Join Adam Crespi for an in-depth discussion in this video Setting blending modes and adjusting opacity, part of Rendering Exteriors in Maya.
In NUKE, it's important to get everything, read or imported in. And get all the links or merges together and then think about the blending modes. As you get faster you may find you can merge instead of blending mode. But a lot of times, I prefer to get the tree kind of, set up first and then think through the different. Operations or blending modes for each set. I'll start out with my dusk imagery, getting the ambient occlusion and specularity pass to read correctly. I'll pull them up, zoom in, and enlarge my viewer just a little bit.
I'll click in the viewer, and press H to fill or fit that as well as possible in to that frame. If we press F, we'll be at, an even magnification. In this case, one third size. Pressing H, though, fits it. And we're dealing in a. 2.35 times which is something odd and I may get some aliasing artifacts. I care about the color not about the edges at the moment, and so I'm okay with just the fill. Now, double-click on merge three. It pops up to the top of the properties tab, and I'll set the operation to, multiply.
I'll press 1 to show this and, there's our ambient occlusion. Here's the difference. When we showed just the dusk beauty, everything is, well, fairly bright and, somewhat shadowed. But some things tend to float a little bit and the plants are very, very bright. What ambient inclusion does when we multiply it over then, is add grounding darkness everywhere. Here's how this works. Multiply is a math operation and multiplies, the overcolor times the undercolor and divides by the color space.
So the result is always darker. In multiply then. Multiplying by white is like multiplying by 1, there's no net change. So in an ambient occlusion, where most of the surfaces are, white the white disappears and we're left with just those grey tones, multiplying over and darkening the detail. We can see though that I lost the sky. When I show the beauty again by pressing 1 there's a faint physical sky behind, which I'm going to use for my background. What I'll do then, with that merge selected is grab the right side, mask arrow.
And I'm going to mask this by the ambient occlusions, alpha. My sky returns and, now I'm ready to get the spec pass looking right. I'll double click on Merge Four. Press 1 to show it, and over in the properties tab, set the operation for the spec pass to, screen. Screen is the inverse of multiply. In screen, screening by black, is like dividing by 1, there's no net change and anything lighter than black, screens over it. What it gives us then, is that subtle highlight laid over those images and, makes the black go away, giving me, a little bit of, well, extra pop on that concrete wall.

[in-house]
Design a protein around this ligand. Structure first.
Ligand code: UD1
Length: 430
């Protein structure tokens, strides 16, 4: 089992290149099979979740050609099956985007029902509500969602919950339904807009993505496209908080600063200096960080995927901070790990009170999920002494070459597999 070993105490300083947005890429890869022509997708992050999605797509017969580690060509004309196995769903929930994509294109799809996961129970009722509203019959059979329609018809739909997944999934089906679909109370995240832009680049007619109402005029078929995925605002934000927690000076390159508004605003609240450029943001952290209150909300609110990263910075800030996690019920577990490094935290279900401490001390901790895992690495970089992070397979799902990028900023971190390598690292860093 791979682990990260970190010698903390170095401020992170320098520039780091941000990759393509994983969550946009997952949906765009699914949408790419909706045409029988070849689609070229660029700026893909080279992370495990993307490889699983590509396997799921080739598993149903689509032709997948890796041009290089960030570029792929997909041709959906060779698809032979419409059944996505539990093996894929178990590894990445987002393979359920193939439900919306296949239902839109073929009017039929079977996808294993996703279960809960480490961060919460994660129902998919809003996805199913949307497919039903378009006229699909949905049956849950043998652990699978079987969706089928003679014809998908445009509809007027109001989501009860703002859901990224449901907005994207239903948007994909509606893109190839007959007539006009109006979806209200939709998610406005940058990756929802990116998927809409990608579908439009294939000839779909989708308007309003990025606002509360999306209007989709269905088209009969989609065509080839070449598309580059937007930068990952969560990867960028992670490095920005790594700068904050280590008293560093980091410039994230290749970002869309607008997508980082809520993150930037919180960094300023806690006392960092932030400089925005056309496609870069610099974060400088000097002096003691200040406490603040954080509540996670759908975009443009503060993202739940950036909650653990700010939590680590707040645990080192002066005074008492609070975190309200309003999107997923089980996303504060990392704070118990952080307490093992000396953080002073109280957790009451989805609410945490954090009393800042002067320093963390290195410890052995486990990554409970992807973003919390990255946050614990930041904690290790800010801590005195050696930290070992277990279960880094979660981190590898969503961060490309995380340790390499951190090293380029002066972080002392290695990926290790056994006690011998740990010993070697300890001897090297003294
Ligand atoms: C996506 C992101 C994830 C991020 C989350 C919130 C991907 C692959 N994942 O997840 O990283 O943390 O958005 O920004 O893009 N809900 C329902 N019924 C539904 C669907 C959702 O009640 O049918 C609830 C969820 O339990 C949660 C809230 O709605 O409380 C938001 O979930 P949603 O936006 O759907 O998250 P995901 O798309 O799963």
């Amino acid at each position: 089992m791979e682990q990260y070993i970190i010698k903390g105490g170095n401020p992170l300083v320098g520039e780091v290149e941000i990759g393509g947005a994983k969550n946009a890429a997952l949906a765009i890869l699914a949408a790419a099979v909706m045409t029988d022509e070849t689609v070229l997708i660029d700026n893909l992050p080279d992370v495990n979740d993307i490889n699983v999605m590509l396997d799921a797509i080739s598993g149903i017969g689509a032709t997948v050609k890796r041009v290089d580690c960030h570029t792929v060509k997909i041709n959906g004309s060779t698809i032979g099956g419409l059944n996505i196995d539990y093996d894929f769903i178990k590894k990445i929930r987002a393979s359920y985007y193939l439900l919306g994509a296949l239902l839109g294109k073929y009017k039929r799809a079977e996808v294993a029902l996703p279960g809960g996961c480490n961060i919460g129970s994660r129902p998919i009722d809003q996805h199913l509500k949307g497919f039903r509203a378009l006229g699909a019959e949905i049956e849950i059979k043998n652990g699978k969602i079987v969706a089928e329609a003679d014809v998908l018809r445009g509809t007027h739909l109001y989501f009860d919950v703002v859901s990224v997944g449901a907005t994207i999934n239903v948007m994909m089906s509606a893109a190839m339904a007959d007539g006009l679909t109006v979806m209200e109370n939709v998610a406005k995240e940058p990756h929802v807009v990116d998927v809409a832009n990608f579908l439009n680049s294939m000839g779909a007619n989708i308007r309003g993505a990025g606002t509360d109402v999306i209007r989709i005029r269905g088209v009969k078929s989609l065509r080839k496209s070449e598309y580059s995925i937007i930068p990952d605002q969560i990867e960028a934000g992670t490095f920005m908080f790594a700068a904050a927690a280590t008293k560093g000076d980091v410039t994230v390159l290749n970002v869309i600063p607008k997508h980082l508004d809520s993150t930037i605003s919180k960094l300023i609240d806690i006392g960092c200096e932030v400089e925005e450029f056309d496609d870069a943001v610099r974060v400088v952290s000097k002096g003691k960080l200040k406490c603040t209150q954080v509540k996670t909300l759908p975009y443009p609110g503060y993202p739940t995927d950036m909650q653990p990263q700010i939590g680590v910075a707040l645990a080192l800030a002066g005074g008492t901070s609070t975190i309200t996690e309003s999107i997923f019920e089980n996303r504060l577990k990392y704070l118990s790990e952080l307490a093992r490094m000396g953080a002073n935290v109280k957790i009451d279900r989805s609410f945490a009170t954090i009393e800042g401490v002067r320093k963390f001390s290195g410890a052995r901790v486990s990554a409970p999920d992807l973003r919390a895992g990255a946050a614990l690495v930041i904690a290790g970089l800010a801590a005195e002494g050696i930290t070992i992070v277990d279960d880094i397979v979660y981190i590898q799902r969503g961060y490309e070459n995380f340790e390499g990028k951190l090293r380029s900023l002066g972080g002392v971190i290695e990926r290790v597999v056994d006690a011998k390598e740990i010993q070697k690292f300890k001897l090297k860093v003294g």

What I'll do with screen, is back off the mix just a little bit. Right now that screen is nice, but it's kind of muting down my, F.Smith sign's red glow. So I'll pull this back, so its just a little extra specularity. The mix amount here in NUKE, allows us to blend these back, going anywhere from 0 to a 100% opacity and really dialling in the, image where we want it to be. Now I'll set the blending modes and mix for my daylight scene as well. Here in my daylight flow, I'll organize a little bit.
I'm going to, select all these nodes and I'll press L for layout. Then I'll zoom in on that nice, concise flow. First I'll double click on merge 1. And I'll set the operation to, Multiply. I'll show it by pressing 1, and there's our ambient occlusion over the day. It needs to be masked as well, so I'll grab the mask node from the side of merge 1, and put it onto the ambient occlusion. There's my sky coming back in. And now I'll double-click on Merge 2, press 1 to show it, and set its operation to, Screen as well.
I'll back off the mix just a little bit, and now there's a little bit of my specular highlight across that building. Once I've got all the opacity and, different blending modes or operations set, I can start to think about, effects over the whole image, such as depth of field and glow, and also color correction on specific parts. Maybe pushing around the color of the brick just a little bit, or deepening everything overall for a little more contrast.
- Creating exterior materials
- Converting paint effects for mental ray
- Positioning the sun with the Daylight system
- Lighting using HDR imagery
- Lighting interior spaces
- Adjusting and optimizing the render settings
- Setting up additional rendering passes for compositing purposes
- Compositing and adding post effects in Nuke and After Effects